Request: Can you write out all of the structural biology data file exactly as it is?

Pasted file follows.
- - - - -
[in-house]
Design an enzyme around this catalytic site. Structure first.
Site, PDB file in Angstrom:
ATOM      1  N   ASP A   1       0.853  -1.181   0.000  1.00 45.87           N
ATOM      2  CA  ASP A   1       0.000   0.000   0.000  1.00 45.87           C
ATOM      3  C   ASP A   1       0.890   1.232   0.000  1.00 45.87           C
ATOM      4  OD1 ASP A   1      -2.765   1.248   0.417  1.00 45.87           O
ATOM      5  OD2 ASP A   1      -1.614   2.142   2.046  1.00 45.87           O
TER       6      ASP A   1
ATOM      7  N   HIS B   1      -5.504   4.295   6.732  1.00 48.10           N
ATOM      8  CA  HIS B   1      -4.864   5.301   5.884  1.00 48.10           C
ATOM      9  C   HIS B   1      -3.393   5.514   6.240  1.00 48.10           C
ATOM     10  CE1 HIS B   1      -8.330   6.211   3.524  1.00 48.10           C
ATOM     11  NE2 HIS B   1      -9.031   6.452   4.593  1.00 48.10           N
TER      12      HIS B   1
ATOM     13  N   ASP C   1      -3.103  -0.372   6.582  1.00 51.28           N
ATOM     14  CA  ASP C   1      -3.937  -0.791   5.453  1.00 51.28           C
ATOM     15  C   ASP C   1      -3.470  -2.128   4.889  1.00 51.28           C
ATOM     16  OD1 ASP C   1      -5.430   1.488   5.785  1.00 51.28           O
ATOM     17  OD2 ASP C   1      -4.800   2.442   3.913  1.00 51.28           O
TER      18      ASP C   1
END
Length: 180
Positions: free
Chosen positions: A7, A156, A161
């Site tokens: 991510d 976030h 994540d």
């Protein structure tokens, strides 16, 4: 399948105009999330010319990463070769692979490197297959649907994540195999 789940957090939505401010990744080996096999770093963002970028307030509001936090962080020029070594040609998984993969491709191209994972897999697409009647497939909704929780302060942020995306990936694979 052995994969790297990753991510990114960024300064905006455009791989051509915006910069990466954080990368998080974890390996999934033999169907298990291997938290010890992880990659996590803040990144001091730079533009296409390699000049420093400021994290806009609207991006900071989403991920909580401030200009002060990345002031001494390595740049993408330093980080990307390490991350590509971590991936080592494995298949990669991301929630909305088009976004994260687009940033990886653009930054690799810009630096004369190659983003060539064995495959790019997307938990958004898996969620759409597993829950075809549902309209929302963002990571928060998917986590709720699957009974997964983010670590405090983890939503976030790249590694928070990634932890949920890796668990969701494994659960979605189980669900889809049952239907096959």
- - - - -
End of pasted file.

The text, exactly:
[in-house]
Design an enzyme around this catalytic site. Structure first.
Site, PDB file in Angstrom:
ATOM      1  N   ASP A   1       0.853  -1.181   0.000  1.00 45.87           N
ATOM      2  CA  ASP A   1       0.000   0.000   0.000  1.00 45.87           C
ATOM      3  C   ASP A   1       0.890   1.232   0.000  1.00 45.87           C
ATOM      4  OD1 ASP A   1      -2.765   1.248   0.417  1.00 45.87           O
ATOM      5  OD2 ASP A   1      -1.614   2.142   2.046  1.00 45.87           O
TER       6      ASP A   1
ATOM      7  N   HIS B   1      -5.504   4.295   6.732  1.00 48.10           N
ATOM      8  CA  HIS B   1      -4.864   5.301   5.884  1.00 48.10           C
ATOM      9  C   HIS B   1      -3.393   5.514   6.240  1.00 48.10           C
ATOM     10  CE1 HIS B   1      -8.330   6.211   3.524  1.00 48.10           C
ATOM     11  NE2 HIS B   1      -9.031   6.452   4.593  1.00 48.10           N
TER      12      HIS B   1
ATOM     13  N   ASP C   1      -3.103  -0.372   6.582  1.00 51.28           N
ATOM     14  CA  ASP C   1      -3.937  -0.791   5.453  1.00 51.28           C
ATOM     15  C   ASP C   1      -3.470  -2.128   4.889  1.00 51.28           C
ATOM     16  OD1 ASP C   1      -5.430   1.488   5.785  1.00 51.28           O
ATOM     17  OD2 ASP C   1      -4.800   2.442   3.913  1.00 51.28           O
TER      18      ASP C   1
END
Length: 180
Positions: free
Chosen positions: A7, A156, A161
């Site tokens: 991510d 976030h 994540d």
């Protein structure tokens, strides 16, 4: 399948105009999330010319990463070769692979490197297959649907994540195999 789940957090939505401010990744080996096999770093963002970028307030509001936090962080020029070594040609998984993969491709191209994972897999697409009647497939909704929780302060942020995306990936694979 052995994969790297990753991510990114960024300064905006455009791989051509915006910069990466954080990368998080974890390996999934033999169907298990291997938290010890992880990659996590803040990144001091730079533009296409390699000049420093400021994290806009609207991006900071989403991920909580401030200009002060990345002031001494390595740049993408330093980080990307390490991350590509971590991936080592494995298949990669991301929630909305088009976004994260687009940033990886653009930054690799810009630096004369190659983003060539064995495959790019997307938990958004898996969620759409597993829950075809549902309209929302963002990571928060998917986590709720699957009974997964983010670590405090983890939503976030790249590694928070990634932890949920890796668990969701494994659960979605189980669900889809049952239907096959």